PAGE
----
This is the time of year when investment boards and committees in charge of selecting fund managers for pension plans and 401(k) plans gather for a time-honored ritual. They review the past performance of their fund managers and decide whether to keep or replace them.
The point of this elaborate and lengthy exercise is to identify prospectively active fund managers who can “beat the market” and generate “alpha.” But if the members of these boards and committees really understood how unlikely it is to achieve that goal, they would fire their many consultants, stop having meetings, do no review of past performance and simply invest in low management fee index funds.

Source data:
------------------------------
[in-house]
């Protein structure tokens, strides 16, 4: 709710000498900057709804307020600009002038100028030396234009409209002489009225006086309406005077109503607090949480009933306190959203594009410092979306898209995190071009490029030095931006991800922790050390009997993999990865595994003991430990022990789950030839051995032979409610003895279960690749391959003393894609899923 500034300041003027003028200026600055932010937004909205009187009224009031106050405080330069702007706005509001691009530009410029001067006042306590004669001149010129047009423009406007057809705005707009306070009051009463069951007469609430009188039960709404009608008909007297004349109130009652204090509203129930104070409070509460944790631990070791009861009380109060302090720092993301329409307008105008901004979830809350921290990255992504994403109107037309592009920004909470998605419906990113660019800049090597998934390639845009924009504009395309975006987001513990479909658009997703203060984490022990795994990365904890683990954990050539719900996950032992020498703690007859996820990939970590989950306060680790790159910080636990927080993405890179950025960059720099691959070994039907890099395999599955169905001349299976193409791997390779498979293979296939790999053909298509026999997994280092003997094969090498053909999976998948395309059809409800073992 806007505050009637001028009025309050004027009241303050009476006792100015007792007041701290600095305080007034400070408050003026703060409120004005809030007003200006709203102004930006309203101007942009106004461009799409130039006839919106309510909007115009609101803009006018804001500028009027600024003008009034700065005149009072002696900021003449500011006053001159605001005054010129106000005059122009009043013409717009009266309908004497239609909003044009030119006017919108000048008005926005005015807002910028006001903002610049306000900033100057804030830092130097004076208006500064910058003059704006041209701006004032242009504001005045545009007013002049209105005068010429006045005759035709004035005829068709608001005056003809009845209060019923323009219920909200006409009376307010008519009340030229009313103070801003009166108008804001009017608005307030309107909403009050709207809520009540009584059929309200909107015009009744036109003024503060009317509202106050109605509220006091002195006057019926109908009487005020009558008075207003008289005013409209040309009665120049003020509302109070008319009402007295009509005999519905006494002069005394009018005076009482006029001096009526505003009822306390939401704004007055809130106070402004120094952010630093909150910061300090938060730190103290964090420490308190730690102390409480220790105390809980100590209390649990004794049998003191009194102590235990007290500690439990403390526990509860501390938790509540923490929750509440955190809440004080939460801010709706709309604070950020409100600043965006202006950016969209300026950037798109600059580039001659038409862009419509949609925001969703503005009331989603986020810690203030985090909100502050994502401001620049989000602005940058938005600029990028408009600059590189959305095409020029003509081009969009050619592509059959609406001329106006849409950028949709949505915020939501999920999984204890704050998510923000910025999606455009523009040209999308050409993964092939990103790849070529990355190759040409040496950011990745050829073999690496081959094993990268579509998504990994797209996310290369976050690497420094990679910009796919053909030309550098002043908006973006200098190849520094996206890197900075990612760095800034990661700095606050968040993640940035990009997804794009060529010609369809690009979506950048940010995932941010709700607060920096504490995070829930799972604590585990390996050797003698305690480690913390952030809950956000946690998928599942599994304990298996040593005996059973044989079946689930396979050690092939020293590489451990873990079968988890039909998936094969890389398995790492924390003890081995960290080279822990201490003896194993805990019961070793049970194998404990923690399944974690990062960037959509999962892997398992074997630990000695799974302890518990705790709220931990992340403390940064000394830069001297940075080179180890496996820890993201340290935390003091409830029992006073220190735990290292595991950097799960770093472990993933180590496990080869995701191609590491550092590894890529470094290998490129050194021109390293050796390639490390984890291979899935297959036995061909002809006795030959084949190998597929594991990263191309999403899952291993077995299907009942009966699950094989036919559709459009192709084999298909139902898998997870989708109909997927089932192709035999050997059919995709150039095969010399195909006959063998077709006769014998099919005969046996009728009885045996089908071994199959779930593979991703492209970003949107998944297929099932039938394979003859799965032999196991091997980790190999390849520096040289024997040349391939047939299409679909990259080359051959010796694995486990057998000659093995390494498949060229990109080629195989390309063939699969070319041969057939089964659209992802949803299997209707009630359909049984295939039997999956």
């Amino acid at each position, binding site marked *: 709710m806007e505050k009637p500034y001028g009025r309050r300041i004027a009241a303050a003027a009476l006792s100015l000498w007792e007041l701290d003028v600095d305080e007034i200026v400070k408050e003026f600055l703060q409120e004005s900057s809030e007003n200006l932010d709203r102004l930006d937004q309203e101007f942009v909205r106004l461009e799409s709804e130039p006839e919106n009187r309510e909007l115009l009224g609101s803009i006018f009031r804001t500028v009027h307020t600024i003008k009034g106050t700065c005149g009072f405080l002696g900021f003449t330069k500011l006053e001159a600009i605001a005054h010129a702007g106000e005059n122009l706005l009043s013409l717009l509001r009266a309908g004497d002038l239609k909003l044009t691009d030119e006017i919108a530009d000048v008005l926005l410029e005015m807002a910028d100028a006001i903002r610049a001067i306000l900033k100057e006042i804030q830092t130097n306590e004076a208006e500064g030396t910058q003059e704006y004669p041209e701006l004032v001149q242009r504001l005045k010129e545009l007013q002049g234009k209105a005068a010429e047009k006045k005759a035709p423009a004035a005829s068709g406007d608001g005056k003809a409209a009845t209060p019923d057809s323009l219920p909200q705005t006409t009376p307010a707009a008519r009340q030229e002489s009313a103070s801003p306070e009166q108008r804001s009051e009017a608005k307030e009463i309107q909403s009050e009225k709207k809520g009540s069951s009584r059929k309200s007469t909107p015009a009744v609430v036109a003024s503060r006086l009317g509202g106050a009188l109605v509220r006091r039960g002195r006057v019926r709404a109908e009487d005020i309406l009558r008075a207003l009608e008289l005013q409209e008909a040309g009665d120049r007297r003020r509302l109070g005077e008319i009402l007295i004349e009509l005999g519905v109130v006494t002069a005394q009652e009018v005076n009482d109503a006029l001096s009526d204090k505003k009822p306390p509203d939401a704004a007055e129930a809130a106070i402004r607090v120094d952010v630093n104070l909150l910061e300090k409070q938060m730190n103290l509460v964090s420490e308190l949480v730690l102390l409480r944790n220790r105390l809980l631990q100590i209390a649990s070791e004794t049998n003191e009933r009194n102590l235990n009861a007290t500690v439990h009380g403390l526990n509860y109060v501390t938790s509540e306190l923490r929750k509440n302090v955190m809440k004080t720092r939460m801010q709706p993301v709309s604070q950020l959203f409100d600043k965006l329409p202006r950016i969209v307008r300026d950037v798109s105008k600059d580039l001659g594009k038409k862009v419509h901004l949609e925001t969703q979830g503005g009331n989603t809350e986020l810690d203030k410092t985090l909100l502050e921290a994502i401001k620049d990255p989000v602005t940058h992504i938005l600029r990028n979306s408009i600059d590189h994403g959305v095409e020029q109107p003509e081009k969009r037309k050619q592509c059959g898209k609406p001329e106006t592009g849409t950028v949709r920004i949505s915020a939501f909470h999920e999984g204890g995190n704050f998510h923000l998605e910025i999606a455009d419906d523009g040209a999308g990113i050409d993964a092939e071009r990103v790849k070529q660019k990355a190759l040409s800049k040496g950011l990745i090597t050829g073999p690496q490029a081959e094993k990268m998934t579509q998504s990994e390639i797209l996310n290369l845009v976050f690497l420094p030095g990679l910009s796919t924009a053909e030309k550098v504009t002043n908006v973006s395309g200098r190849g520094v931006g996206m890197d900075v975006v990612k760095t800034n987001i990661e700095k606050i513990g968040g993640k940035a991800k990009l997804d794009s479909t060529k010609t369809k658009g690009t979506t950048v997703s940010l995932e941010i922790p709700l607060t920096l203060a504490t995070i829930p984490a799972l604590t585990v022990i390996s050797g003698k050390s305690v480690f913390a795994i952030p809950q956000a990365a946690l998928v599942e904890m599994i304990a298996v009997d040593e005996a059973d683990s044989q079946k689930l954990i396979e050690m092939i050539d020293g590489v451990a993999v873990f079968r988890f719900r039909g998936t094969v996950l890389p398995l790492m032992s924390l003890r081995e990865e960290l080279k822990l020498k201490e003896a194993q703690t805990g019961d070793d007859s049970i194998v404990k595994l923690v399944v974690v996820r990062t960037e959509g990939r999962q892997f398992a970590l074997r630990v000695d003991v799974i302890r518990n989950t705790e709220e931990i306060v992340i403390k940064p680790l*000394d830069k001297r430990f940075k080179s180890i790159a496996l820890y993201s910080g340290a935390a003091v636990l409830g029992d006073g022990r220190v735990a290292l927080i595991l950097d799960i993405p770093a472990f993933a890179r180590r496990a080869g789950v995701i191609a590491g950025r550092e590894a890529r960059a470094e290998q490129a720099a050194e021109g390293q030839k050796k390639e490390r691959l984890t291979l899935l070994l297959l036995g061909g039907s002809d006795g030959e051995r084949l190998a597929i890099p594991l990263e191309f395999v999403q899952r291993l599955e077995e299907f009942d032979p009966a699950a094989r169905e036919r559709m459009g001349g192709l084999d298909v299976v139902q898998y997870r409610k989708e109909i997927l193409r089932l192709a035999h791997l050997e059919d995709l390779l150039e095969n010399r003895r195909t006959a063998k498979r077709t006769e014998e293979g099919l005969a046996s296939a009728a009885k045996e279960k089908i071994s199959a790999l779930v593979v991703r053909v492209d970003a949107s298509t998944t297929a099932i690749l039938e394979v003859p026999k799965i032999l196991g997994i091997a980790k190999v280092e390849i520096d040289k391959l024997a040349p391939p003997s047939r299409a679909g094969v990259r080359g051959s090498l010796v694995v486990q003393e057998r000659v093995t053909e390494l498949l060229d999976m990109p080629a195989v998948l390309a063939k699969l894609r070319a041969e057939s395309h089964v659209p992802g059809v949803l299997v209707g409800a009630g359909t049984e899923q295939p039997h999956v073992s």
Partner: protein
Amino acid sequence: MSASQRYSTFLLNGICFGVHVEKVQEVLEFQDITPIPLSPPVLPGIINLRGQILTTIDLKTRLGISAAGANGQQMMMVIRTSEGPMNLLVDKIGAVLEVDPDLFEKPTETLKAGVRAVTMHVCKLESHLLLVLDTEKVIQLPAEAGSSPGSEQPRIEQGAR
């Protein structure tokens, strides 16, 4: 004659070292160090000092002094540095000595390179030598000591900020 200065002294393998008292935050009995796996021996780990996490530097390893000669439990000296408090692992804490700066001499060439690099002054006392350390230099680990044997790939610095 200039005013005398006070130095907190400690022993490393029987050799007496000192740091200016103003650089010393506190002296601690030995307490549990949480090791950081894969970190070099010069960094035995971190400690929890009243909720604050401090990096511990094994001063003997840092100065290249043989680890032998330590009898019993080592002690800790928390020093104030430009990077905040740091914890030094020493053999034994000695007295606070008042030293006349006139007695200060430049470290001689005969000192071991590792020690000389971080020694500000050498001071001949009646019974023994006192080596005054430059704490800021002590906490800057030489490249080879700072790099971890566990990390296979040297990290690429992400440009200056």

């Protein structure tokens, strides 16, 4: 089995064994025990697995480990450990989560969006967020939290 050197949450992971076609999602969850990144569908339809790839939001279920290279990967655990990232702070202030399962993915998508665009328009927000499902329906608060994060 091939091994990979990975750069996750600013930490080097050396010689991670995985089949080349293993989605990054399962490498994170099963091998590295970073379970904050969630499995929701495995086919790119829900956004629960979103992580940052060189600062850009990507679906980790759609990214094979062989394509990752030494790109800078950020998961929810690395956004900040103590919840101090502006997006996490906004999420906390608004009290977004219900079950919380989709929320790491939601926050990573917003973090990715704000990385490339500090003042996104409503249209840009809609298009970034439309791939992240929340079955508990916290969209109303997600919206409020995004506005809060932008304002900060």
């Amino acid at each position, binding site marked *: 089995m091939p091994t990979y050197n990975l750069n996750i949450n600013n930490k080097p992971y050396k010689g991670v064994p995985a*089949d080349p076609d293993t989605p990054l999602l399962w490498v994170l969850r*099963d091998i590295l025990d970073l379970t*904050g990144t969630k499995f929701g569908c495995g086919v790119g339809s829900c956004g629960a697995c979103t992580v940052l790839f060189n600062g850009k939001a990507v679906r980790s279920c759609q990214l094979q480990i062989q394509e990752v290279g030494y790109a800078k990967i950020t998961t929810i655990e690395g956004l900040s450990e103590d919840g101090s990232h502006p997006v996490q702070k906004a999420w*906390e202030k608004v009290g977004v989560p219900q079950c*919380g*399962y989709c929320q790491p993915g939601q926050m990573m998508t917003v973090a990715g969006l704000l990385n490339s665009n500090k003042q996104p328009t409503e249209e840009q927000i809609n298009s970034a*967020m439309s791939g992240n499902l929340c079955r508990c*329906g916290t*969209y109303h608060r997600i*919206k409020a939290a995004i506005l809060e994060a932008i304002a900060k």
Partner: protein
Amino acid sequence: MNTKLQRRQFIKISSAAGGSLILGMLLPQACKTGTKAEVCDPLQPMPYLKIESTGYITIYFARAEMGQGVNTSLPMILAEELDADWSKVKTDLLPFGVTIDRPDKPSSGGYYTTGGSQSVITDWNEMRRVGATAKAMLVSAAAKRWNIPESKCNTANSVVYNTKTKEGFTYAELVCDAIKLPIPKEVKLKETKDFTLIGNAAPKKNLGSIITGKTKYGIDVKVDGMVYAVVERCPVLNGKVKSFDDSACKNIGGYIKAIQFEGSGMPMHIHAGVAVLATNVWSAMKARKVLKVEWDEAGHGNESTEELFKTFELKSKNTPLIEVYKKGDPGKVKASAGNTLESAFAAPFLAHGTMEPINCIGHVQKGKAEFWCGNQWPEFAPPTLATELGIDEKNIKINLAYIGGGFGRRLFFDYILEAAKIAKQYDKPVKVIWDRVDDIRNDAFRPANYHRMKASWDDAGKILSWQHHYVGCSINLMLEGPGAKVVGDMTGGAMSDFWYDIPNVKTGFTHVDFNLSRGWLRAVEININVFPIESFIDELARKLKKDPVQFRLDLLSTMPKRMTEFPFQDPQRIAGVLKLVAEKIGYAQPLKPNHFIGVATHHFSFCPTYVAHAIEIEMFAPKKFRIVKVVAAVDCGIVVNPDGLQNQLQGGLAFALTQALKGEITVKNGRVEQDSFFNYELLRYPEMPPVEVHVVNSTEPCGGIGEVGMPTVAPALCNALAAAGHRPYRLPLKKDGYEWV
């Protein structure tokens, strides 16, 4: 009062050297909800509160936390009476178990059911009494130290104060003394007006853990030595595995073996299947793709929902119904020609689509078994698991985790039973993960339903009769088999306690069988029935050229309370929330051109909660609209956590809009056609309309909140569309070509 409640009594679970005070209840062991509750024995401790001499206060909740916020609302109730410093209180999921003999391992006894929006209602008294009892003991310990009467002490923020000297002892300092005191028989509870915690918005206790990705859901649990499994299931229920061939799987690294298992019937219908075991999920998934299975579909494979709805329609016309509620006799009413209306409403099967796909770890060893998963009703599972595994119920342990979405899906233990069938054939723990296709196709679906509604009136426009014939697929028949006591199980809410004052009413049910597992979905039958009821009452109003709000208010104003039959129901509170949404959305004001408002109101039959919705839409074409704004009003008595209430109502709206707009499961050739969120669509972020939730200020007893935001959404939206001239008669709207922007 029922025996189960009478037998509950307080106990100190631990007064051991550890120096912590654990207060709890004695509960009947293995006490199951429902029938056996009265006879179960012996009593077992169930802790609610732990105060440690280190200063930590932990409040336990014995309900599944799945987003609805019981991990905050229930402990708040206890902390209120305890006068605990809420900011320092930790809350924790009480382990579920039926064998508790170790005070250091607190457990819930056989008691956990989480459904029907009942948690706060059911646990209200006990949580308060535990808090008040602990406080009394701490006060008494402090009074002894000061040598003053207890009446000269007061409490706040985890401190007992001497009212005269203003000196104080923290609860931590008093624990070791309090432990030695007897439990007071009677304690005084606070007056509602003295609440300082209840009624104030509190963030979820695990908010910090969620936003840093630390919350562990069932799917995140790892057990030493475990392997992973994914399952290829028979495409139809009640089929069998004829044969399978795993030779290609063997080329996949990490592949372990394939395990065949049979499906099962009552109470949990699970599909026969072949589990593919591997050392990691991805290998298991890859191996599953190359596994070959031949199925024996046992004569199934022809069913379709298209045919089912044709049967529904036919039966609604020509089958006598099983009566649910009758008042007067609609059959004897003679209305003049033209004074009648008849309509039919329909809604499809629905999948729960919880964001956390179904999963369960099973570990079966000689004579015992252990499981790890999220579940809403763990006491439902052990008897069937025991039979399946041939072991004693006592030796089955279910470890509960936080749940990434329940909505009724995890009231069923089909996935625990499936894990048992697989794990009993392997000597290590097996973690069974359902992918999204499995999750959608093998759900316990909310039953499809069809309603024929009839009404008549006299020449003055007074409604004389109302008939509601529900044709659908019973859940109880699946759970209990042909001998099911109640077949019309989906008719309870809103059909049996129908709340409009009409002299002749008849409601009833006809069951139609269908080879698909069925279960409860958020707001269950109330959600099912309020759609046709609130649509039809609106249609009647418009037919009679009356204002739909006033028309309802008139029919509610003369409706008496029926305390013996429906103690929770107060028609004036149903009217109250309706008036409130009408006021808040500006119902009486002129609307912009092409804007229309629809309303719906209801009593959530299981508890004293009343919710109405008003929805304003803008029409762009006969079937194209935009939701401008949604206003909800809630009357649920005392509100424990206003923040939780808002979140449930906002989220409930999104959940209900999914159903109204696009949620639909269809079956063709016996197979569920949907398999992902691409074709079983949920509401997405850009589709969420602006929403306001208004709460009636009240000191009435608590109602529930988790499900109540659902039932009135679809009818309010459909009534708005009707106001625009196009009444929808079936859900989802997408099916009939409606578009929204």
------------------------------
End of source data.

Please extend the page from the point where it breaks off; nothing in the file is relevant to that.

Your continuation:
Given the available data, it is both shocking and irresponsible that trillions of dollars of retirement plan assets are entrusted to those who use this process to make fund-selection decisions.
Read the rest of the article at The Huffington Post.